Six weeks after the initiation of treatment, the size of
the vegetation was reduced on TEE, and no embolic
infarction was observed. Antibiotic administration was
terminated 6 weeks after the initiation of treatment. This
patient has been well for 6 months without any sign of
relapse.

3. Discussion
Streptococcus constellatus is recognised as a rare
pathogen of IE. Only 10 cases are reported in the literature [5-14]. It is reported that S. constellatus is not readily
associated with the heart valves, which may explain why
S. constellatus rarely causes IE [15,16]. We reviewed
the clinical features of IE due to previously documented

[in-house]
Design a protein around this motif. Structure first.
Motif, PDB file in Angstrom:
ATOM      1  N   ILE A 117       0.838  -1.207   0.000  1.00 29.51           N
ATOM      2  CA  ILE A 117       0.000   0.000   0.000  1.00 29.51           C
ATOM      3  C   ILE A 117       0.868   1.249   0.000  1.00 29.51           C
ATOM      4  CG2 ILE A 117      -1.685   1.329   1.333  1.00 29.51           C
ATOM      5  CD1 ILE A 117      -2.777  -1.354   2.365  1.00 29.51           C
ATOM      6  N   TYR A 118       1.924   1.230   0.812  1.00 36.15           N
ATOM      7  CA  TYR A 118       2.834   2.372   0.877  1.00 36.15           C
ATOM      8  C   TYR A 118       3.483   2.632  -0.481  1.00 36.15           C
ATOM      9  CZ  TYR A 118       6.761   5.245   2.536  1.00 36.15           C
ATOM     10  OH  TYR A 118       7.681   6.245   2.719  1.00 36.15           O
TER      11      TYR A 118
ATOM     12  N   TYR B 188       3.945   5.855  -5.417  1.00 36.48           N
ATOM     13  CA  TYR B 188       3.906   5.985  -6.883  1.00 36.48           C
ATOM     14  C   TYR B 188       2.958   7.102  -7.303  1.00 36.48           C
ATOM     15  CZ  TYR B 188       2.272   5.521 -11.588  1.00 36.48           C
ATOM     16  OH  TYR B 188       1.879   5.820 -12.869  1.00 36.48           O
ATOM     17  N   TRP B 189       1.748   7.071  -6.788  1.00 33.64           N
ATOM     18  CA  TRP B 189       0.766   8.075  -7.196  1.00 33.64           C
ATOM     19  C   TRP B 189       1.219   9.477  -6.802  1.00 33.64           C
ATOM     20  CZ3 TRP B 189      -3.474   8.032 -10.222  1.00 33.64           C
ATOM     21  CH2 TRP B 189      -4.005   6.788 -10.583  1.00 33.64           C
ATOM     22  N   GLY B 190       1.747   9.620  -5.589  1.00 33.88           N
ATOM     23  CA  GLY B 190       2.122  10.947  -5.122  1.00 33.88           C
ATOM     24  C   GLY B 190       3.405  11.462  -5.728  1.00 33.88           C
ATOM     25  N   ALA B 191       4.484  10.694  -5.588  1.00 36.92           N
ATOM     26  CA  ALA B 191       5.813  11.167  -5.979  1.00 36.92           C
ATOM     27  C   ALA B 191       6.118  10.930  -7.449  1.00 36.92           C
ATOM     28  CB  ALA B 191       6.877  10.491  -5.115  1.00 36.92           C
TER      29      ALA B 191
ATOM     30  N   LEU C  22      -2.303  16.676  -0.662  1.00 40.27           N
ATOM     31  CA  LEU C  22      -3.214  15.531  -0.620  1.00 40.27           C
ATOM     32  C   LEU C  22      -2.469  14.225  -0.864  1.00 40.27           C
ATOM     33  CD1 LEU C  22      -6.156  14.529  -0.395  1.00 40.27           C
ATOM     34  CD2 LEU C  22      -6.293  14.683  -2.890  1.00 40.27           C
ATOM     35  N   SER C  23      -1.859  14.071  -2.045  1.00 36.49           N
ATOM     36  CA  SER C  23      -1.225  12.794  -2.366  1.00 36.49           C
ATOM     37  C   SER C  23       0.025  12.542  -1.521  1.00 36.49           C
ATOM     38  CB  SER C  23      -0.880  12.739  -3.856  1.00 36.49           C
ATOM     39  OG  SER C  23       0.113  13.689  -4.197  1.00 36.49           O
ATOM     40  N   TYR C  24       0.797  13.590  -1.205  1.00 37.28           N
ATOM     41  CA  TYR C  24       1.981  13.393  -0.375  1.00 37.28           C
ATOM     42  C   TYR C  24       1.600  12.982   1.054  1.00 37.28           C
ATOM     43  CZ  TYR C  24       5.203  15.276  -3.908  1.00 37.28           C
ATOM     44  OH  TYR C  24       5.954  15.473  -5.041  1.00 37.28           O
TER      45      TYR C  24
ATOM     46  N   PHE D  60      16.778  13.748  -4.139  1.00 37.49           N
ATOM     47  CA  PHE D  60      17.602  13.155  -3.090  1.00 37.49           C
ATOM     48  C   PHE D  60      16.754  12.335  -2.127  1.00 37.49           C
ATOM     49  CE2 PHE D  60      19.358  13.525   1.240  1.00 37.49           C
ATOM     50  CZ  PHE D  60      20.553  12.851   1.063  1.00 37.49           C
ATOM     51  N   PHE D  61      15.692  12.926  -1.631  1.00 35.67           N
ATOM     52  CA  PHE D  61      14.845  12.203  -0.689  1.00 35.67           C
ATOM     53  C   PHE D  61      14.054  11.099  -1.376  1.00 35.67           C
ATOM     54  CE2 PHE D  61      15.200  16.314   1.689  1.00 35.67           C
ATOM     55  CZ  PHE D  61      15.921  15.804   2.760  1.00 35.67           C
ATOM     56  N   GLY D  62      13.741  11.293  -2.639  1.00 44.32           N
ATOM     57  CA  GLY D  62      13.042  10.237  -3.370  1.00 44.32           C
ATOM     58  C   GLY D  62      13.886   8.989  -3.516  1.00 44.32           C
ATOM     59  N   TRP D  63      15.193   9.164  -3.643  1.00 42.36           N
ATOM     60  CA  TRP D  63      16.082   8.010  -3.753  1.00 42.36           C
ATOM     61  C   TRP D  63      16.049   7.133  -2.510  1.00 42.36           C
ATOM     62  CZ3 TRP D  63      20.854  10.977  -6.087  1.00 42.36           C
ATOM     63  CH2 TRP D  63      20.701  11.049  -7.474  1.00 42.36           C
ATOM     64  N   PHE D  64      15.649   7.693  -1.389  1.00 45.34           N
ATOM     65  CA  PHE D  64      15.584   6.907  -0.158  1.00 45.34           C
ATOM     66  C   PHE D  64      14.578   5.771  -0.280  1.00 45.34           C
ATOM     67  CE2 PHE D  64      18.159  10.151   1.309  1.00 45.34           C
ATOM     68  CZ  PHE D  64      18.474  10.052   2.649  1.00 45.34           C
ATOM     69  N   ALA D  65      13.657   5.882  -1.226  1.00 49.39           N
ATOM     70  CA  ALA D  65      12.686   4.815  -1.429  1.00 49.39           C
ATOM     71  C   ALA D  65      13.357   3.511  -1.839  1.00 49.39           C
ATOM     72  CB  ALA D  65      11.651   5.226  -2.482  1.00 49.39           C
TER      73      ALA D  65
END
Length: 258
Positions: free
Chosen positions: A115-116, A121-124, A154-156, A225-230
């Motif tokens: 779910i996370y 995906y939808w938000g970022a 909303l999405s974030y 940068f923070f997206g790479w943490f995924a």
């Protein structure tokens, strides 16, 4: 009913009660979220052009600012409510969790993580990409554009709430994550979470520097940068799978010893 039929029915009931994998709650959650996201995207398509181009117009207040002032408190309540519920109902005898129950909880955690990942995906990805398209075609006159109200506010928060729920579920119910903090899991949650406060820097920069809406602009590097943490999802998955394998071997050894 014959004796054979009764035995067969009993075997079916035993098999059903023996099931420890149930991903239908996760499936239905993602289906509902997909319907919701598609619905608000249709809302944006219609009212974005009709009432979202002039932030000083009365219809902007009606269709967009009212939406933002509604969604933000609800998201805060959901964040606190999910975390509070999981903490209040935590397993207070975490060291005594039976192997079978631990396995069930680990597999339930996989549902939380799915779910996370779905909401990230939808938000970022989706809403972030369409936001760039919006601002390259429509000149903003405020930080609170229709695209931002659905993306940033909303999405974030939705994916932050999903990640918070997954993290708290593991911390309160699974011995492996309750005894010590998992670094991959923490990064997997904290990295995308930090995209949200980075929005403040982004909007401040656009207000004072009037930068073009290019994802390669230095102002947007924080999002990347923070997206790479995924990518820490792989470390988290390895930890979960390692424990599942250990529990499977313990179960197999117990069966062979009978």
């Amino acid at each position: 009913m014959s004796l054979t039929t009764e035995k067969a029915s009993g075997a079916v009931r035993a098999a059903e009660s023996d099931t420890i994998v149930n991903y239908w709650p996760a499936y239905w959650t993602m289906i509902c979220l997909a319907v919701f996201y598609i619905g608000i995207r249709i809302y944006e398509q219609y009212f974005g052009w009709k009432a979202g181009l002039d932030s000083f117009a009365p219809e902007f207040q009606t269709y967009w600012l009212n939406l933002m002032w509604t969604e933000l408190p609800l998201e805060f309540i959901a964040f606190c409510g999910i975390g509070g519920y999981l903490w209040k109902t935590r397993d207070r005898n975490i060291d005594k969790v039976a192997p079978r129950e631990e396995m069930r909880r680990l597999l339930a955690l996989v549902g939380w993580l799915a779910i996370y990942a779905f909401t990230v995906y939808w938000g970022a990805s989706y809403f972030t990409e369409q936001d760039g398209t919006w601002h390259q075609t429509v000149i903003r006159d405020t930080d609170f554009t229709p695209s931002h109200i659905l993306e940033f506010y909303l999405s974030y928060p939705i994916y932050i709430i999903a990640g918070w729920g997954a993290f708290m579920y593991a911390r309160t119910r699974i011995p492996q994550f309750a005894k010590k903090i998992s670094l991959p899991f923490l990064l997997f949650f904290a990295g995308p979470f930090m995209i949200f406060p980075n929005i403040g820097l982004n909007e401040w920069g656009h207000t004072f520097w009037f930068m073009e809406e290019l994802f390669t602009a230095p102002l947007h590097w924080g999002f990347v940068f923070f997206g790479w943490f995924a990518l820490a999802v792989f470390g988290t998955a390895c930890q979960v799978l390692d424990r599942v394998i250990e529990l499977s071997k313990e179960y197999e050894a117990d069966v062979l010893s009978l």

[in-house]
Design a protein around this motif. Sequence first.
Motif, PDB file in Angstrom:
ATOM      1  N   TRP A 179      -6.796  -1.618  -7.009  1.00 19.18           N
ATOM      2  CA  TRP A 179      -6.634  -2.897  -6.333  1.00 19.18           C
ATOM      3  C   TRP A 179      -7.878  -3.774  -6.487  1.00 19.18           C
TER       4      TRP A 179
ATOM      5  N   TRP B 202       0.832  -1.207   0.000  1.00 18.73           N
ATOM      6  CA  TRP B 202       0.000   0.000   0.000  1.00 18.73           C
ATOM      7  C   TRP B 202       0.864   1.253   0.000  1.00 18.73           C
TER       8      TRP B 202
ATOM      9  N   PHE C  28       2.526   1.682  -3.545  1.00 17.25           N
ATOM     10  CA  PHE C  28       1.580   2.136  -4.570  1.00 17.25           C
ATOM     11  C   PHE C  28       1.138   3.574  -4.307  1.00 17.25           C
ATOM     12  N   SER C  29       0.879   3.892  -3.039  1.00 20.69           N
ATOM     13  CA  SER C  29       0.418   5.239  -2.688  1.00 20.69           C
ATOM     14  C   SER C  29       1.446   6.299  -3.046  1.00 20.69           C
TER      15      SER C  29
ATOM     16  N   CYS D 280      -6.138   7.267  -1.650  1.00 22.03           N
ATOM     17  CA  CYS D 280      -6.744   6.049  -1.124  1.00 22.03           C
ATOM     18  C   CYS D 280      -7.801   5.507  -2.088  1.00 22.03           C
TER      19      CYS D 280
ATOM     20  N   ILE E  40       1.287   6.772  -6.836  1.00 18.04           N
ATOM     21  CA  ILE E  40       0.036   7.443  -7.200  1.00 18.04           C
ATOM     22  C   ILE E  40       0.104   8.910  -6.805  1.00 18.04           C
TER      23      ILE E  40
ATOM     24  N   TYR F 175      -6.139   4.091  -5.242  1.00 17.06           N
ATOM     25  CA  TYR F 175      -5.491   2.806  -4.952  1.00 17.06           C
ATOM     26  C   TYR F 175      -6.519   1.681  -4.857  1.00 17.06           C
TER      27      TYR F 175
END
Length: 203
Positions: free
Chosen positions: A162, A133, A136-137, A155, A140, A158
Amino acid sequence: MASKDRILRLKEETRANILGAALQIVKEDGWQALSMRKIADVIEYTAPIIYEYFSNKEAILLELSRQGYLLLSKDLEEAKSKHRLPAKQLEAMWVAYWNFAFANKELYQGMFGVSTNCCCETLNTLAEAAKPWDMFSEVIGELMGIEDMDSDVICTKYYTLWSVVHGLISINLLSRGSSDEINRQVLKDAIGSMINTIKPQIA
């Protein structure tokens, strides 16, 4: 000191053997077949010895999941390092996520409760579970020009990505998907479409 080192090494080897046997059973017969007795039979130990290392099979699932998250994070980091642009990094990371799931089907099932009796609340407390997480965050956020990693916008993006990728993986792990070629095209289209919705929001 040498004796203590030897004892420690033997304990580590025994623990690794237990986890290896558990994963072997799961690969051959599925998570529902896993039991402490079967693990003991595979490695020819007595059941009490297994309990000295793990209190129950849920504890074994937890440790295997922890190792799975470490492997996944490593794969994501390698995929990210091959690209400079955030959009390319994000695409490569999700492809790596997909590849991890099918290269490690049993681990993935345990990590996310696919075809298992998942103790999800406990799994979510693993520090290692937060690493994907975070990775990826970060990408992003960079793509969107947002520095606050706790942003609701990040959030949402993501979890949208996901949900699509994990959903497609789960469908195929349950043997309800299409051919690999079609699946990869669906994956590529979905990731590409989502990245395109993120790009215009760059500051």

S. constellatus infection (Table 1).
With regard to initial symptoms, it was seen that fever was common, as 97% of all IE cases presented with
fever. Malaise and endurance fatigue are also common,
which occur in 90% of IE patients [17]. Seven of 11 cases
(63.6%) of IE due to S. constellatus, including the present
case, had a fever on admission, and 4 of 11 (36.7%) had
fatigue. However, patients with IE due to S. constellatus
tended to present with a variety of nonspecific symptoms,
among which, coughing was the most prevalent (4/11
cases [36.4%]). Coughing is thought to be an uncommon symptom, although there are no reports showing
the prevalence of coughing as one of the initial symptoms of IE. Moreover, coughing may be a significant initial
symptom in cases of IE due to S. constellatus. Coughing
may be a symptom of pulmonary septic embolisation, because 2 cases were complicated with septic pulmonary
embolisation among all 4 cases.
IE tends to exhibit a variety of complications. Cardiac